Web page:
Now, my last POV is that i would always show the substrate layers in Plans. Yes, i know it *used to be a standard* to only show the stud layers, and im here to tell you: It was a stupid standard. It was absolutely dumb. BUT, lets assume you still want to adhere to that old standard: Revit has functionality called "Parts," which are intended to be used in Construction, mainly by General Contractors. I dont advocate using (abusing) them for MODIFYING wall Types, but there are things you can do with Parts if you want to simply SHOW the walls differently.

          Essentially, once a wall is Parted, you can decide to show the Parts or the Original Wall Element, or both. You can Part all of the walls, and then have a Filter on the Parts that eliminates all but the Framing Layers. We do something similar (but not eliminating) when we export to Navisworks. Its a longer story. But, all that to say, its *possible* to achieve that "standard," but i still think its 100% a terrible idea, and you should just get away from it.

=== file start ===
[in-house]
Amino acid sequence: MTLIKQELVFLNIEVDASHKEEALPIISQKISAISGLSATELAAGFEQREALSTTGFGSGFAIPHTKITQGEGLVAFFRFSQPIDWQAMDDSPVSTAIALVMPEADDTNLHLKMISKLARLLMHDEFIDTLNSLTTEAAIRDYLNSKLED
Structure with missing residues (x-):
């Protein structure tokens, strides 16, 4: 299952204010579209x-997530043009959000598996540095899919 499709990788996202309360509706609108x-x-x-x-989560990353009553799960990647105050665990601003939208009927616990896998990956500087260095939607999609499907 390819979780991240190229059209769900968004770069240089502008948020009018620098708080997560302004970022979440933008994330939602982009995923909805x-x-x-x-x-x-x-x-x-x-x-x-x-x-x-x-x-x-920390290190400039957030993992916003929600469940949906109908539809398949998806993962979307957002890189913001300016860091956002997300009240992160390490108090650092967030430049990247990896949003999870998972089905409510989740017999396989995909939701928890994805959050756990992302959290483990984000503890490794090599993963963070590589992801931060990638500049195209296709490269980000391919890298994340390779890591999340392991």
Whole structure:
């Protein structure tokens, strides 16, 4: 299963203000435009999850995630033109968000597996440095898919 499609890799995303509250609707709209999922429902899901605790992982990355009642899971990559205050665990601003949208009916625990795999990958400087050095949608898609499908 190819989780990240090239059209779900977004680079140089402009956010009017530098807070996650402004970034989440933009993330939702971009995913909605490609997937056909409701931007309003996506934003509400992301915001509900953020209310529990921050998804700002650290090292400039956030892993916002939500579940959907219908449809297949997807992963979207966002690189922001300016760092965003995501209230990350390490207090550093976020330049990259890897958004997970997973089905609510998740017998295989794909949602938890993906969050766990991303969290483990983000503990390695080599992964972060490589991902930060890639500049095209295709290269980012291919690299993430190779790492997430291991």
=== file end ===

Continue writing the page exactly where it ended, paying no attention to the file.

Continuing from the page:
Aaron "selfish AND petulant" Maller |P A R A L L A X T E A M | Practice Technology Implementation
          @Web | @Twitter | @LinkedIn | @Email

          Comment


            #6
            Originally posted by Twiceroadsfool View Post
            2. Join Geometry is used between partitions and finishes, to get things to cut properly. Currently (at most) its two joins per wall. If you have Finishes AND Substrates AND Studs all separated, its going to be anywhere from 2-5 joins, per wall. Thats a lot of joinery, which also leads me to:
            Ahh - I've always wondered why in some cases finishes join just fine, and in some they don't and the wall ends have to be manually coordinated. I couldn't figure out what the difference was, since it usually was the same types of walls being joined together!
            Julie Kidder
            Architect + BIM Director
            Hartman + Majewski Design Group

            Comment


              #7
              Oh, apologies: Thats not what i meant, at all. There isnt a limit on JG< as far as i know. I join 4 or 5 together without issue.